. Therefore, implicit in the holding of Dunant is that the plaintiff-property owner therein had not met his burden of showing the applicability of any recognized exception to the general rule of non-liability which appellant's evidence had shown to be controlling under the circumstances. "An employer is liable for the negligence of a contractor: [in several specific enumerated instances]." (Emphasis supplied.) OCGA 51-2-5
The result of this standing water was the flooding of the entire septic system and a backup of waste water into appellee's home. Although the evidence does show that both the installation and placement of the septic system and the turtleback grading of the property had been performed by independent contractors, appellee, unlike the plaintiff-property owner in Dunant, supra, did not fail to address the applicability of an exception to the general rule of appellant's non-liability for the tortious acts committed by those independent contractors. Appellee produced evidence that appellant had accepted and thereby ratified the installation and placement of the septic tank system and the turtleback grading of appellee's property. "An employee is liable for the negligence of a contractor: . . . If the employer ratifies the unauthorized wrong of the independent contractor." OCGA 51-2-5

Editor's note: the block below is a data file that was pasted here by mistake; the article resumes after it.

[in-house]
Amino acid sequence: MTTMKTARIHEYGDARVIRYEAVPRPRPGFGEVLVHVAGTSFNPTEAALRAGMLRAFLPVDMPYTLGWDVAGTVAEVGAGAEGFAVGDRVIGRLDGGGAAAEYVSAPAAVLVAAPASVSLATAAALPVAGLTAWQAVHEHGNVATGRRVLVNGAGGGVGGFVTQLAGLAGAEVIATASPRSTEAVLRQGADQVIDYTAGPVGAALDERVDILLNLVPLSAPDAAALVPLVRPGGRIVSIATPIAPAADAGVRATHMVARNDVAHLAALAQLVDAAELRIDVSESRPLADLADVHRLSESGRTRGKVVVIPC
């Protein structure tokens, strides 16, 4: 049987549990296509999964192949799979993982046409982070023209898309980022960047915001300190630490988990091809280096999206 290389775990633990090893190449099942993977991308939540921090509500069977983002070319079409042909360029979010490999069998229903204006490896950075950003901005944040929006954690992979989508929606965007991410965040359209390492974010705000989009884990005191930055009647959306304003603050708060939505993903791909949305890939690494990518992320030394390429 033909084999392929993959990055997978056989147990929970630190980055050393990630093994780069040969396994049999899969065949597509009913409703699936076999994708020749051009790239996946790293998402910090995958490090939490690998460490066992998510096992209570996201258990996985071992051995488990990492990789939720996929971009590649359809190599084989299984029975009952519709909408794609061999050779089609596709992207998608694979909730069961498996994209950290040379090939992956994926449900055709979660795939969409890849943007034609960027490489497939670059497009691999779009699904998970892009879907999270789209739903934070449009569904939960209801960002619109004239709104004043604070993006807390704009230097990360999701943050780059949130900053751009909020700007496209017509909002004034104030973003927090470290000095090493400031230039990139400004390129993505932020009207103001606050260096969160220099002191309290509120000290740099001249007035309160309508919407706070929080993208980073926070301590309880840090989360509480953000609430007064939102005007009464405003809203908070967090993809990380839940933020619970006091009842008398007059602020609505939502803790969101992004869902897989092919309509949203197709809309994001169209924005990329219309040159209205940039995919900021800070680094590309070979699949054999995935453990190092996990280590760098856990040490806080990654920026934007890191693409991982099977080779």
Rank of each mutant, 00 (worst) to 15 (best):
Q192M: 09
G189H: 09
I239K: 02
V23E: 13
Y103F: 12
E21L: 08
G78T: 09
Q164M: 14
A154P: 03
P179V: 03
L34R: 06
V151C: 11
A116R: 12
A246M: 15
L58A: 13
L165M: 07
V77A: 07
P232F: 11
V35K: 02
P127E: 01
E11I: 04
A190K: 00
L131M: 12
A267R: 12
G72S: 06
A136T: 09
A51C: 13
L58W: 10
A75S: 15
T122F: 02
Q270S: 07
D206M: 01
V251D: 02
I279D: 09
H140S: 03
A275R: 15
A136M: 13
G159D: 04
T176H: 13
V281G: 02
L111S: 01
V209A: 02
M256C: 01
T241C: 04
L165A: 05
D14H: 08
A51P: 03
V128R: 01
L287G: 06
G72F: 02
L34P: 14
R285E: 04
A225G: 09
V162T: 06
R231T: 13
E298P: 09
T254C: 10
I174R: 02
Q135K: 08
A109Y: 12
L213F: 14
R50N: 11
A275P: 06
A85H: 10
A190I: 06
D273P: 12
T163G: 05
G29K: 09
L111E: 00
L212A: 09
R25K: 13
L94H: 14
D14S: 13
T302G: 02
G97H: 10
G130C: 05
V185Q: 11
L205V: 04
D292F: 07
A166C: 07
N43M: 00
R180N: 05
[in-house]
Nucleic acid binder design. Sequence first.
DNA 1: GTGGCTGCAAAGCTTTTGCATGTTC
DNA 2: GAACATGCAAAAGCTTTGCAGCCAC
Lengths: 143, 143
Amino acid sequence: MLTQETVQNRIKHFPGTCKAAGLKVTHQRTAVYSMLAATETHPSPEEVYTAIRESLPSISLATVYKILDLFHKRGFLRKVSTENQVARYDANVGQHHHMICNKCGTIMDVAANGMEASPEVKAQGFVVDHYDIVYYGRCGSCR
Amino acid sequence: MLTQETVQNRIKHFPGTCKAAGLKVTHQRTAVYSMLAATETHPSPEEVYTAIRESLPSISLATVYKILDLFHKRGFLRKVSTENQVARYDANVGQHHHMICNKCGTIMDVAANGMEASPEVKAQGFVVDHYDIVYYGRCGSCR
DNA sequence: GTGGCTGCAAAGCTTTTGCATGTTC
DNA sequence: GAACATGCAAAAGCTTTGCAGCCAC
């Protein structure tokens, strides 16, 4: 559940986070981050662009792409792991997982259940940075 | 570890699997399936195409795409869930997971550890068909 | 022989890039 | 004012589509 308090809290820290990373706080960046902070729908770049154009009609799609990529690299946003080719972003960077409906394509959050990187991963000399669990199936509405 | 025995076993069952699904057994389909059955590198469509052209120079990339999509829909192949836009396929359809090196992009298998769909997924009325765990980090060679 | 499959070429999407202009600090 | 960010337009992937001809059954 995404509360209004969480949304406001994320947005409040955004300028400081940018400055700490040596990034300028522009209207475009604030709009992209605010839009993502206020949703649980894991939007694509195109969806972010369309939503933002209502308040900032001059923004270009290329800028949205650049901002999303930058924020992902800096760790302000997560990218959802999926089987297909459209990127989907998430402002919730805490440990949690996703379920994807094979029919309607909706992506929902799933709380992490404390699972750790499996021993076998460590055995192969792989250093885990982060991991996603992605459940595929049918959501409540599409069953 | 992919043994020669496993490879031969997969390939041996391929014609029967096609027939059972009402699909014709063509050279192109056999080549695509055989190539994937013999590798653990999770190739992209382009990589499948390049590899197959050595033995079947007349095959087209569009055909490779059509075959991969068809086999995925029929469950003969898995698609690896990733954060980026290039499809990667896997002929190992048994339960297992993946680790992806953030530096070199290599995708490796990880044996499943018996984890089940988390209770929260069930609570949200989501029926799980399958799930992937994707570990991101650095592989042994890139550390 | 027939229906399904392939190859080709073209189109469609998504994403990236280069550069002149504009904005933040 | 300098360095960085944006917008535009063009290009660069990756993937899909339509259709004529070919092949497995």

(6). "Ratification of the wrongful act may result from acceptance of the work on the theory that acceptance shifts the responsibility for maintaining the work in its defective condition to the employer. [Cit.] . . . [T]he ratification must be, not of the contract, but of the unauthorized wrong. [Cit.] Ordinarily, in order to ratify an act, one must have knowledge of the act. [Cit.]" Southern Mills v. Newton, 91 Ga. App. 738
, 743 (2b) (87 SE2d 109
) (1955). See also Chipley v. Beeler, 122 Ga. App. 781
, 782 (1) (178 SE2d 767
) (1970). Here, there was sufficient evidence that appellant accepted the acts of its independent contractors with regard to the septic tank system and the grading of the property and that, at the time of the acceptance, appellant knew or should have known, that the result of those acts would be flooding of the septic tank system and the backup of waste water into the house that was being built on the property. "The jury is the final arbiter of the facts, and the verdict must be construed by the trial and appellate courts in the light most favorable to upholding the jury verdict. [Cits.]" Church's Fried Chicken v. Lewis, 150 Ga. App. 154
, 159 (lc) (256 SE2d 916
) (1979). It follows that the general grounds are without merit.
2. Appellant enumerates error as to an issue concerning appellee's entitlement to recover the expenses of litigation. The jury awarded appellee the expenses of litigation only as against one of appellant's co-defendants and not as against appellant. Accordingly, error with regard to the recoverability of expenses of litigation could not have harmed appellant and we will not address the merits of this enumeration.
4. Appellant enumerates as error the trial court's failure to give one of its written requests to charge. The record shows that the legal principles contained in appellant's refused request was otherwise covered in the charge as given by the trial court. There was no error. See Seaboard C. L. R. Co. v. Thomas, 125 Ga. App. 716
, 718 (188 SE2d 891
) (1972), aff'd 229 Ga. 301 (190 SE2d 898) (1972)
5. Remaining enumerations of error not otherwise addressed have been considered and found to be without merit.
Stephen R. Yekel, for appellee.